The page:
Noslegal is a non-for-profit collaborative, open project that is supported by multiple law firms and technology companies. The benefits of this project are numerous for all types of businesses. It will give law firms the ability to describe product lines more succinctly which will aid better communication, marketing and training. It will also help in-house lawyers to classify work easier for internal reporting and benefit small firms seeking legal advice to understand the technicalities to name a few.
SALI (Standard Advancement for the Legal Industry Alliance) was formed in 2017 by an inclusive cross-industry group representing legal operations, in-house counsel, law firm professionals, technology companies, and other service providers. It is now publicly backed by CLOC. Its aim is to map out what lawyers do and create a shared taxonomy to describe it. In the beginning of 2020 they published the first Legal Matter Specification Standard (LMSS). It is written in modern, common language and defines legal matters. SALI believes that “a lack of a standard hinders the market, and limits innovation and creativity”.
The project will benefit all participants in the market but especially the consumers who will be able to clearly see what they are billed for. This is also a clear driver for the use of LegalTech as at the moment without a standardised way of classifying outputs it is harder to see the real benefits that tech adopters can achieve.
Bonterms is a new US startup backed by an expansive range of experts from the likes of PwC, Google Cloud and Toyota. Similar to the oneNDA project, Bonterms are creating and releasing standard contracts starting with an NDA for anyone to use. Additionally, with the aim to provide a new, structured way to negotiate contracts through cover pages. The predominant focus is to standardise as far as possible but still recognise the importance of modifications and adaptations where necessary. This is certainly a very exciting project to look out for as it takes shape.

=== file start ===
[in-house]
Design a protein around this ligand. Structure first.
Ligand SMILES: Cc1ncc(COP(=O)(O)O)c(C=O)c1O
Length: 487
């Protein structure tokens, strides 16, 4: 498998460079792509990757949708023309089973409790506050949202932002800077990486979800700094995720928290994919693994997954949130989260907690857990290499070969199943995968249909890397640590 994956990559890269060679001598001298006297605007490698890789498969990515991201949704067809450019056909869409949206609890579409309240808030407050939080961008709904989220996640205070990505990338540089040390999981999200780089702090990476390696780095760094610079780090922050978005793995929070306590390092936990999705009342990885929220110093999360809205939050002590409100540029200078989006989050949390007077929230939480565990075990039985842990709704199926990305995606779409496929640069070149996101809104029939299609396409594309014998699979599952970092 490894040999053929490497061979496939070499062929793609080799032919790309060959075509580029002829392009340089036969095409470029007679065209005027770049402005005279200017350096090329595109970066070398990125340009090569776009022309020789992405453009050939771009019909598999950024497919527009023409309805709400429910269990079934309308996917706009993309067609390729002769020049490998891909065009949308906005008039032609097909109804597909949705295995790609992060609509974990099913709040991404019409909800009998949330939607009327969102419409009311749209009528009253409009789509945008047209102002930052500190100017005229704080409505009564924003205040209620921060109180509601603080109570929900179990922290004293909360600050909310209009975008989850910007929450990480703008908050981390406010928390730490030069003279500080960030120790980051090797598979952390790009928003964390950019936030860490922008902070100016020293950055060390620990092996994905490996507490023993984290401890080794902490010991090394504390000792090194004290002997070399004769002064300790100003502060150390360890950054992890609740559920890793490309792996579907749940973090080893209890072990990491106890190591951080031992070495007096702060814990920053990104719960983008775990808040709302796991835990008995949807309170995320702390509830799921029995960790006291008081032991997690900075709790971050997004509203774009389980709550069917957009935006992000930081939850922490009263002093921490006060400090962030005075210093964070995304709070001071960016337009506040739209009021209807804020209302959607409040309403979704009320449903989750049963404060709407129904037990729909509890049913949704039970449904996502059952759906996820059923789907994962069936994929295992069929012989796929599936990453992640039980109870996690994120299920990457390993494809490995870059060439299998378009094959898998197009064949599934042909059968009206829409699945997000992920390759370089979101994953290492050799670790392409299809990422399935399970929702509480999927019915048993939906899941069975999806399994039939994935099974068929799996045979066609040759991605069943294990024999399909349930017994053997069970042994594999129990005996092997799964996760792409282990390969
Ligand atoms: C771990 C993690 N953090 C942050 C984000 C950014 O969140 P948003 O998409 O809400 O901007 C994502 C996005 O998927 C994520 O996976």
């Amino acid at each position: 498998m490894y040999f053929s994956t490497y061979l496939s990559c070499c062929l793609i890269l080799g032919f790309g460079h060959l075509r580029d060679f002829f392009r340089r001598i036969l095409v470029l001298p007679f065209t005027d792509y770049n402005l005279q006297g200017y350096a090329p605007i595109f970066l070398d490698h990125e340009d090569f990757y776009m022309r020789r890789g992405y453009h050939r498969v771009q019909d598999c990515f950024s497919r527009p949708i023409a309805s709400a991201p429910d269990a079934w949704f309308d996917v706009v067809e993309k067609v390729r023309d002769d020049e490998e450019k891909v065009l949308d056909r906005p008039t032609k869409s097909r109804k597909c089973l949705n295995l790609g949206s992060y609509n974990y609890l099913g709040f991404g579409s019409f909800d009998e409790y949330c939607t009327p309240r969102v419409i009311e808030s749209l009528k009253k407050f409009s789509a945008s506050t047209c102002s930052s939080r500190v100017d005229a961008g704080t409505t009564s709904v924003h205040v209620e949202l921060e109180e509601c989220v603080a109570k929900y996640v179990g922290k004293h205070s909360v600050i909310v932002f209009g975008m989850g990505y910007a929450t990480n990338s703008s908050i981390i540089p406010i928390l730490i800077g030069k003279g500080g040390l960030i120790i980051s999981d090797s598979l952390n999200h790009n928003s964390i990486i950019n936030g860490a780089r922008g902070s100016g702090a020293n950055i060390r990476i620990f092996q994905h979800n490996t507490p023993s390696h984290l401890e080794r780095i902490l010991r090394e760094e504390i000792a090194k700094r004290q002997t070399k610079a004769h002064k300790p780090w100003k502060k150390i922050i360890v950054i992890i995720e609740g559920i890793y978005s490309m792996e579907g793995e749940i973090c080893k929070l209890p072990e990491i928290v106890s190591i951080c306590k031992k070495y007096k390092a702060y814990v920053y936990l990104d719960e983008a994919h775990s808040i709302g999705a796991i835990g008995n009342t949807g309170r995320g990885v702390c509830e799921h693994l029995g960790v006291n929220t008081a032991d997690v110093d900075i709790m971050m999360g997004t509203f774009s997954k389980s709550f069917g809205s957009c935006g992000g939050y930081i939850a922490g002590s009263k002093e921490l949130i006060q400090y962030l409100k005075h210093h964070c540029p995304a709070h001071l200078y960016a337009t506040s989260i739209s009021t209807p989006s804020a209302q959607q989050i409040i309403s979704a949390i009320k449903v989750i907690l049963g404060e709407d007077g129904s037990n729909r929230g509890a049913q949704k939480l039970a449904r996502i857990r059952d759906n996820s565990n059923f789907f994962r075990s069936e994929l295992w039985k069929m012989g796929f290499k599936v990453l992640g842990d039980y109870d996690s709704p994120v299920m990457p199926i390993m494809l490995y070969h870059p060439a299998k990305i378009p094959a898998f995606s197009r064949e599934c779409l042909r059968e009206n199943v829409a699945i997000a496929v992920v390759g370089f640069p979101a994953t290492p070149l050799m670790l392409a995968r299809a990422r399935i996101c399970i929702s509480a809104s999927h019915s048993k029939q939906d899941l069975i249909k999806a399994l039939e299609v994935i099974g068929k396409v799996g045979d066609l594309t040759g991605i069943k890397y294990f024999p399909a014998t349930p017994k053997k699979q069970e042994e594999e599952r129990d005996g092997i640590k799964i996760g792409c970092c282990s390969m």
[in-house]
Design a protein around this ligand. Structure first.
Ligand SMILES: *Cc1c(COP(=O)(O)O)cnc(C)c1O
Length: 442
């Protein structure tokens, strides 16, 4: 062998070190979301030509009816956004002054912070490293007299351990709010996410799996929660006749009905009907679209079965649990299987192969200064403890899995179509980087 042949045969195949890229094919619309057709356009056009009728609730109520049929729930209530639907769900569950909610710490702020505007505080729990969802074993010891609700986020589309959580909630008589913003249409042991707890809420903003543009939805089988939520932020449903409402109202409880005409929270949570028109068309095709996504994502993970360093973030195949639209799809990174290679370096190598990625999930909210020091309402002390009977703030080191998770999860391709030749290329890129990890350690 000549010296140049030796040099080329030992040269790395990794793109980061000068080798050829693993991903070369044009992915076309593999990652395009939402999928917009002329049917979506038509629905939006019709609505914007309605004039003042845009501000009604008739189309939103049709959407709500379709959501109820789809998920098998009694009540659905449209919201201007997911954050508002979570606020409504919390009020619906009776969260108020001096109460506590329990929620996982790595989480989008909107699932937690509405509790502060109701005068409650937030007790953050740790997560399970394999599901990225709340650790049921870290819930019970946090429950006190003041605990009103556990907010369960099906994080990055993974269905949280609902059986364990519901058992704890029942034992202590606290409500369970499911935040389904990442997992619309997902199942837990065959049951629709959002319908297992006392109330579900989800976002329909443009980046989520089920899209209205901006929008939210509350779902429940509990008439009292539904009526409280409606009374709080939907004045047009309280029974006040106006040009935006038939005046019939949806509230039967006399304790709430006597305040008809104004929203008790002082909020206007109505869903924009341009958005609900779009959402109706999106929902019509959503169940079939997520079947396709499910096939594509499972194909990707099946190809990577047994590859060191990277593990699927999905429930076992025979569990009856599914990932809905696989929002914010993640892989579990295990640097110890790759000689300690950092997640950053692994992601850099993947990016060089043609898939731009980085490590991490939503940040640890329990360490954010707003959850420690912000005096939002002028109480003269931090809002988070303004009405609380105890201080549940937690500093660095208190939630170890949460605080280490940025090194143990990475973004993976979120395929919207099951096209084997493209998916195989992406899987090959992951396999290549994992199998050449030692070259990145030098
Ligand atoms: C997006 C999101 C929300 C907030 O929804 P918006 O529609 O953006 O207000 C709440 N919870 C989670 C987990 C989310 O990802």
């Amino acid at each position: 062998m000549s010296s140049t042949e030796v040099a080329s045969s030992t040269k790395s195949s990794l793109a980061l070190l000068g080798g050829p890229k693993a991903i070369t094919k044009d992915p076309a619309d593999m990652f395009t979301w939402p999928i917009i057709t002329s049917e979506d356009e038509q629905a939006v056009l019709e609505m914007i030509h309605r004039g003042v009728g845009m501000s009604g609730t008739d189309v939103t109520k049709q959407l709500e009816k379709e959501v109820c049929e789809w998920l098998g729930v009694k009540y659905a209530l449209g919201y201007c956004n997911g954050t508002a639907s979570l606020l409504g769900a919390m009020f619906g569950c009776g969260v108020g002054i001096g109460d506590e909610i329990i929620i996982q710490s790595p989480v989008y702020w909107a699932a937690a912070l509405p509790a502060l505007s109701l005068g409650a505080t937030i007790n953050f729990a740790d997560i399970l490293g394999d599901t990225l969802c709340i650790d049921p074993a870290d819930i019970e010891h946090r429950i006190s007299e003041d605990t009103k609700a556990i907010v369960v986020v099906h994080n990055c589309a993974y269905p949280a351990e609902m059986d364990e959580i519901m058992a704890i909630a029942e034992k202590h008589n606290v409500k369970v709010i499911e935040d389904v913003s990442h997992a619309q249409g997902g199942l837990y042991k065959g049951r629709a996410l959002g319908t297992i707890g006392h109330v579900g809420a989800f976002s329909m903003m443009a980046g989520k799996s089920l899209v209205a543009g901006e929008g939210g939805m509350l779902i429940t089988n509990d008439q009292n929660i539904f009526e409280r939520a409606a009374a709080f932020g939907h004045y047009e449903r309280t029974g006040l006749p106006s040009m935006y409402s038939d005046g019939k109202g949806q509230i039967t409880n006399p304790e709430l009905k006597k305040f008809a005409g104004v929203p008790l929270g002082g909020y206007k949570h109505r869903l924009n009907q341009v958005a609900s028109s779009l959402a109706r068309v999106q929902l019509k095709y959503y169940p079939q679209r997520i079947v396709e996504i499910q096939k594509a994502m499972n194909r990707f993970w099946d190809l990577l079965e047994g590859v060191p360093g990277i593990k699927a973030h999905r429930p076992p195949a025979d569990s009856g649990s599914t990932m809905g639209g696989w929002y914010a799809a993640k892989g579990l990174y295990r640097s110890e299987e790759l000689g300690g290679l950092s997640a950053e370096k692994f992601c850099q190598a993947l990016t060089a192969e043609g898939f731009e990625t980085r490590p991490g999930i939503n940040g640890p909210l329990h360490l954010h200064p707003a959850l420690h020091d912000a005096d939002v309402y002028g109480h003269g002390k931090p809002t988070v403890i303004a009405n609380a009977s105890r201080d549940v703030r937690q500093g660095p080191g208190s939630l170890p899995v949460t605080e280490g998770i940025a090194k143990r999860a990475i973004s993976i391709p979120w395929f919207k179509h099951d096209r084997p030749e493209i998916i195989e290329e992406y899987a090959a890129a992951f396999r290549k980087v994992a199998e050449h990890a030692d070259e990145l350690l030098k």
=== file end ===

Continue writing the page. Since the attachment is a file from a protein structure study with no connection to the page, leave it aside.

Standardisation and Document Automation
A recent survey reported that for small to medium-size businesses the four most common types of automated documents are: sales agreements, employment contracts, NDA’s and data processing agreements. Showing there can be great scope for standardisation of these contracts. Legal teams were also reported to be the third most likely driving force behind the adoption of automation behind operations and sales teams.
There is an immense opportunity for standardisation in the market. The appetite for standardisation of the NDA has been highlighted by the successful launch of the oneNDA campaign. Paving the way for other pioneers to create similar standard documents.
Standardising contracts opens the door for automation, which makes the process even more efficient and risk free. After contracts are automated they can also be analysed, allowing organisations to take ownership of their data and become more data-driven.
You can also start standardisation on a smaller scale, by standardising some of your most used contracts and documents. To start the process of standardising your own documents we recommend that you first consider your objectives and what your absolute non-negotiables are. This will help you to define your project as it moves along. Secondly it is important to aim to build the “perfect” template to optimise your precedent. You can also have some standard fall-back positions to be used when needed (for example by using features like Avvoka’s clause library or implementing contract playbooks). Always ensure to have your end-user in mind and attempt to keep the document as brief as possible only including the necessary details. Lastly, automating this already standardised document will enable you to make the whole process even more efficient, safer and consistent.
Read more from Avvoka:
- Next generation of lawyers and the call for legal tech
- A Student’s Guide to LegalTech
- The power of no-code automation with Avvoka
- Legaltech trends and drivers for change
- The case for document automation – the next step in a law firm’s progression
By: Macarena Valenzuela and Caitlin McCabe